I was recently interviewed by Daniel Hindes for PC Powerplay Magazine Australia. The article looks at kickstarter / desura alpha funding for indie games. Well worth a read so check it out below.
So on Friday June 29th, I shall be speaking at Game Masters: The Forum on a panel entitled "Creativity & Commerce". Fellow panellists include Tim Schafer (yep Tim of Legend!) and David Surman and Ian Gouldstone from Pachinko Pictures. What an honor it will be to be able to speak alongside these individuals. Super excited and a little nervous though I suspect I will be primarily listening and absorbing their wisdom! Here is the panel bio:
Following the phenomenal success of Double Fine's Kickstarter campaign, this session will explore a range of models that developers and distributors are investigating to creatively produce games. Panel includes Tim Schafer (Double Fine Productions), David Surman and Ian Gouldstone (Pachinko Pictures), and Scott Reismanis (Desura). Chaired by writer and academic, Dan Golding.
Tickets are on sale now from the ACMI site.
For those in Melbourne, Australia - i'll be speaking at Freeplay on Sunday the 21st of August at 10:00am. Topic of the presentation is "Cheating the Golden Rule". I'll be joined by Farbs and a few other indie game developers. Here is the blurb:
Freeplay wrote: In the traditional studio model, the cry of ‘he who controls the gold makes the rules’ is at the root of everything. Independent development aims to remove that restriction, but we all need to eat. This panel discusses some of the innovations in funding, their good and bad, and some of the best practices in each to make sure that the one controlling the gold is you.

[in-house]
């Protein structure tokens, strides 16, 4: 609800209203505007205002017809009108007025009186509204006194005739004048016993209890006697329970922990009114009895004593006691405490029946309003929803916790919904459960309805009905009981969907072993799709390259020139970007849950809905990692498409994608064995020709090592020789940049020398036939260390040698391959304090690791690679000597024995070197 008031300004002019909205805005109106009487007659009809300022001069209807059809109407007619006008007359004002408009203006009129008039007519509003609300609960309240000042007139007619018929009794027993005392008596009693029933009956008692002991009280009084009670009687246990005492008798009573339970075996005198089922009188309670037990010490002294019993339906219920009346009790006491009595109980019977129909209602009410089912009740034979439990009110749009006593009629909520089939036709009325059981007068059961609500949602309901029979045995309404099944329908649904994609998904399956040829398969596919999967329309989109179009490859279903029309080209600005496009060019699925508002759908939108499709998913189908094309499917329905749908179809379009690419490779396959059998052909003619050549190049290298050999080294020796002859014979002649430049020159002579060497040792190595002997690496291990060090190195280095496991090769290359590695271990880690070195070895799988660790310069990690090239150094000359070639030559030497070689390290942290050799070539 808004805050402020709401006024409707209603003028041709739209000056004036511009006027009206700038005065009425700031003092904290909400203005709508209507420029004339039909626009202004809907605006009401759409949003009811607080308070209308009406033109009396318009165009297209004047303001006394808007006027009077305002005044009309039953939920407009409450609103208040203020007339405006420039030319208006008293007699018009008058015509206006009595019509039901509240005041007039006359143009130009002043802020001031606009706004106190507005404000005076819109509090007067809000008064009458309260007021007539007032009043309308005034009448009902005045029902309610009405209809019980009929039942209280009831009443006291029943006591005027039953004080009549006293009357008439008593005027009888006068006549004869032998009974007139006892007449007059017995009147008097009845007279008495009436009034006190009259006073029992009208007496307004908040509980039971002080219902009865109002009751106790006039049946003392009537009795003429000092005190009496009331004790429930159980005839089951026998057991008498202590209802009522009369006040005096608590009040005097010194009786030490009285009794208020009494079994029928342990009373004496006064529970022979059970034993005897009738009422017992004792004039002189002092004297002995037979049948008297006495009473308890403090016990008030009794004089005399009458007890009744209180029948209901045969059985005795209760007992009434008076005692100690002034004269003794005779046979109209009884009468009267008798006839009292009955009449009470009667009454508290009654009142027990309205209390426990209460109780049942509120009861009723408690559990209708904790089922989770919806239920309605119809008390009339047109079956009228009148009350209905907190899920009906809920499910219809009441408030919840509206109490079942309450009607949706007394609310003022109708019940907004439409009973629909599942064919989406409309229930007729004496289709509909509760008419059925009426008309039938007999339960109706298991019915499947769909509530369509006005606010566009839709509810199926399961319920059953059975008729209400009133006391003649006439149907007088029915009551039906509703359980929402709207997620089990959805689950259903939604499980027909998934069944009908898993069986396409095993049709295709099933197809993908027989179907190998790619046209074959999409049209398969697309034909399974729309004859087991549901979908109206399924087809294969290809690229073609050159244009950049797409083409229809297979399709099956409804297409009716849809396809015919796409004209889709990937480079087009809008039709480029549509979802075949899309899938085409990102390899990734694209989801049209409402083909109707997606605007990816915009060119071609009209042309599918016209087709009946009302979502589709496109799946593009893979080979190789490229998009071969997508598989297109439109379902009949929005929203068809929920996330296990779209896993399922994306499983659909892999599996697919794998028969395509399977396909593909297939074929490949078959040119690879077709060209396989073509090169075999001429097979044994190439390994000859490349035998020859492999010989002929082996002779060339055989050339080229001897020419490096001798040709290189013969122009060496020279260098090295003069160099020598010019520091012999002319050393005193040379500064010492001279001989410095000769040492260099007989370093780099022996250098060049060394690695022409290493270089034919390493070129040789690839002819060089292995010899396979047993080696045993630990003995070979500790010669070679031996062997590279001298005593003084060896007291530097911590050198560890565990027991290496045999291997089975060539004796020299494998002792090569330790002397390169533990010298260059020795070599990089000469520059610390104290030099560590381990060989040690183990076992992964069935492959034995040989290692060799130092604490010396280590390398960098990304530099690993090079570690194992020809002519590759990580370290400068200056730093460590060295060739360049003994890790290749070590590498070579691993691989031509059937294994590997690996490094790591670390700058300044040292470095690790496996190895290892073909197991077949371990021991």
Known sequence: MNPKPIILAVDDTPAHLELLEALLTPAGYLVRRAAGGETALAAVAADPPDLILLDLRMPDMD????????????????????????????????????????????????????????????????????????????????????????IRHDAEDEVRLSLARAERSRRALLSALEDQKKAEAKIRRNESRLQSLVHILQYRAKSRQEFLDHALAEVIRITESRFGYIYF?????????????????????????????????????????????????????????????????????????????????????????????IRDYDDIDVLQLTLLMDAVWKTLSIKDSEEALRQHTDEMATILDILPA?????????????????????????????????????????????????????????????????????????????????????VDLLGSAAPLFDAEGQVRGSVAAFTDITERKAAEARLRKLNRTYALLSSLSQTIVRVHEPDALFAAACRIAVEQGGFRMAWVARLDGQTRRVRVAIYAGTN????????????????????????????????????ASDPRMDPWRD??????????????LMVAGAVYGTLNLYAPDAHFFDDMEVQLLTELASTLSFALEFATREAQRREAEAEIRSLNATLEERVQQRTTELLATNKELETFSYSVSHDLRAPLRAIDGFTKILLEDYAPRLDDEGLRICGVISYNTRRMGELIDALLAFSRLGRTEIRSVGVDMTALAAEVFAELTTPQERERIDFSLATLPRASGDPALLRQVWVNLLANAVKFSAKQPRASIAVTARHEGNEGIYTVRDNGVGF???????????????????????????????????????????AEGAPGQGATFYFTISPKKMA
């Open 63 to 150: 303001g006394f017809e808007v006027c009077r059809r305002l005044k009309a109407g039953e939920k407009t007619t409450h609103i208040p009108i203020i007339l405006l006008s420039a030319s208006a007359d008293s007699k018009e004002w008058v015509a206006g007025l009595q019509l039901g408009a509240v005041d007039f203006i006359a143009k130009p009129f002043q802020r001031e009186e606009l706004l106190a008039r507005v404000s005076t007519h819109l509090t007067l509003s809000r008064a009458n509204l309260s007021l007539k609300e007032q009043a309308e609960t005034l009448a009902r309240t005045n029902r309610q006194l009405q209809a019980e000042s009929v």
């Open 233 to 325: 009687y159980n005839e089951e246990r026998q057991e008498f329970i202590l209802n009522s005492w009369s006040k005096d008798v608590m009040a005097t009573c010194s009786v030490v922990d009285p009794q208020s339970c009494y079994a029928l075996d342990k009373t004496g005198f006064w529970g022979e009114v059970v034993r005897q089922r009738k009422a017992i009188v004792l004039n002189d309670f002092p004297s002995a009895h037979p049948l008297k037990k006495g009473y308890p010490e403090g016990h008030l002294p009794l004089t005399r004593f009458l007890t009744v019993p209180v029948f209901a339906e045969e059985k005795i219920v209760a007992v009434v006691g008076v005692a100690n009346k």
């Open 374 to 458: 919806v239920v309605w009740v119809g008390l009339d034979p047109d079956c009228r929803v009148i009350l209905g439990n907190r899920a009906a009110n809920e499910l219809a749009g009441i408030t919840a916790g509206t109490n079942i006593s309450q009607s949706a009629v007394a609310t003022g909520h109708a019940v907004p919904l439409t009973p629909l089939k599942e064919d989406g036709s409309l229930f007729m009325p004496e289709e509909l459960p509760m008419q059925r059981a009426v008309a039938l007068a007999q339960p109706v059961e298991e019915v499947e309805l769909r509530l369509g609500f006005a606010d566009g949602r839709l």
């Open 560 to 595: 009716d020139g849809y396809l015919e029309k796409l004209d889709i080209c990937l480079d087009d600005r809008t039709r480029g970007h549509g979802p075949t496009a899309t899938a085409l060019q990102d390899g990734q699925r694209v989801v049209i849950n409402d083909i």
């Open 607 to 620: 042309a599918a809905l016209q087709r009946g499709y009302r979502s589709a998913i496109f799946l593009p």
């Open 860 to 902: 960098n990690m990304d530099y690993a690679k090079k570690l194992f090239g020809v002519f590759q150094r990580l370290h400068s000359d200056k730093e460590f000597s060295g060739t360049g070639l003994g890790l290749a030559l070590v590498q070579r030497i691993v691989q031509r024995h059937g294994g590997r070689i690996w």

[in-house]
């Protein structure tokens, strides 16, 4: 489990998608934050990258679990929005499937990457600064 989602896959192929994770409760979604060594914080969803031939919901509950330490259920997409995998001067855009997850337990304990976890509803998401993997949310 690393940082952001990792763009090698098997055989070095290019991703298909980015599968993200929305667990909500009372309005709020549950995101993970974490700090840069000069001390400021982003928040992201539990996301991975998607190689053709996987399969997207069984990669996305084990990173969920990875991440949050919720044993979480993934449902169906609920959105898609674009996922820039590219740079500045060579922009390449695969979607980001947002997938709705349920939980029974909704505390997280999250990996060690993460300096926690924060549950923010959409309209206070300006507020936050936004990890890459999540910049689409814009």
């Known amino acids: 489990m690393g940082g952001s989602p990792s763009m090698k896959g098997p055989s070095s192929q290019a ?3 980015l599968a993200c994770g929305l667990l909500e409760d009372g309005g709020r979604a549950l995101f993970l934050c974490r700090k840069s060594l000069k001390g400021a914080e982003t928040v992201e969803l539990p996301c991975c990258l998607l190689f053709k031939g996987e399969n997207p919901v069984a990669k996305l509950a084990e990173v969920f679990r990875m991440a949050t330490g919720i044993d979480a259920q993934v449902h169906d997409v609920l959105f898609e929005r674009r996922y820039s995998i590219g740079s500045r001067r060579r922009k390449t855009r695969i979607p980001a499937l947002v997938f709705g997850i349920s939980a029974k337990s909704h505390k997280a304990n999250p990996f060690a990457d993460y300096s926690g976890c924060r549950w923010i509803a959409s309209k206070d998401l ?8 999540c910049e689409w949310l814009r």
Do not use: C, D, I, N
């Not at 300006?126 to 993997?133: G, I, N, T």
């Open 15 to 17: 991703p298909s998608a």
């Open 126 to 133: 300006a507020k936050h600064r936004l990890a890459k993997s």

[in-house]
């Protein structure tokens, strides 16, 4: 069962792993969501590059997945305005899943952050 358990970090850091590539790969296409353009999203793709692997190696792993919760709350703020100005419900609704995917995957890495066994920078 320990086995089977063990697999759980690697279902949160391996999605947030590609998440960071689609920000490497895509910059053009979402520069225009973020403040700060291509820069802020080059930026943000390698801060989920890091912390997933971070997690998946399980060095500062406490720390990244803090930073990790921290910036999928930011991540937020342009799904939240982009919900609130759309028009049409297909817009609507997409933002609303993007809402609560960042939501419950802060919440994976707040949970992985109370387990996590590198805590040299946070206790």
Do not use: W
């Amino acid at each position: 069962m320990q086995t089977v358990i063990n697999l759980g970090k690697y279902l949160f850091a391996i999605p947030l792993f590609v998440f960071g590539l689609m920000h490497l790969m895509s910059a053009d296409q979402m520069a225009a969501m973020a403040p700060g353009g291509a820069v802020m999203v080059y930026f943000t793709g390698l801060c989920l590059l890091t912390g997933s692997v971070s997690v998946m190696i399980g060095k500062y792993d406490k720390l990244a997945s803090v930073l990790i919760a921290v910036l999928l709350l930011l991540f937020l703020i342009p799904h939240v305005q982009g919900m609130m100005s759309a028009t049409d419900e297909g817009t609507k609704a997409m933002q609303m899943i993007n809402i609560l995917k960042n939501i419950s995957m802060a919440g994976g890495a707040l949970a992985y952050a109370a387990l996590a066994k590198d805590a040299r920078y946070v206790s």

So if you are a local, stop by should be an awesome event and it be great to catch up and chat.
GenghisCon is a student-priced convention, filled with games,
activities, panels, discussions, and workshops covering science fiction,
fantasy, roleplaying, board games, and more. Here are the details:
And the list of panellists:
Should be fun, so let me know if you are in the area.
So what is up with all the 10/10 reviews? It seems gamers either love or hate a title and give it 10/10 or 1/10. How about we be more critical and review titles which were 6/10s? The 10/10 value kinda loses its meaning if everyone hands it out like cheap candy. If this trend continues I will normalize the rating system so a 10/10 carries less weight than some of the less popular numbers.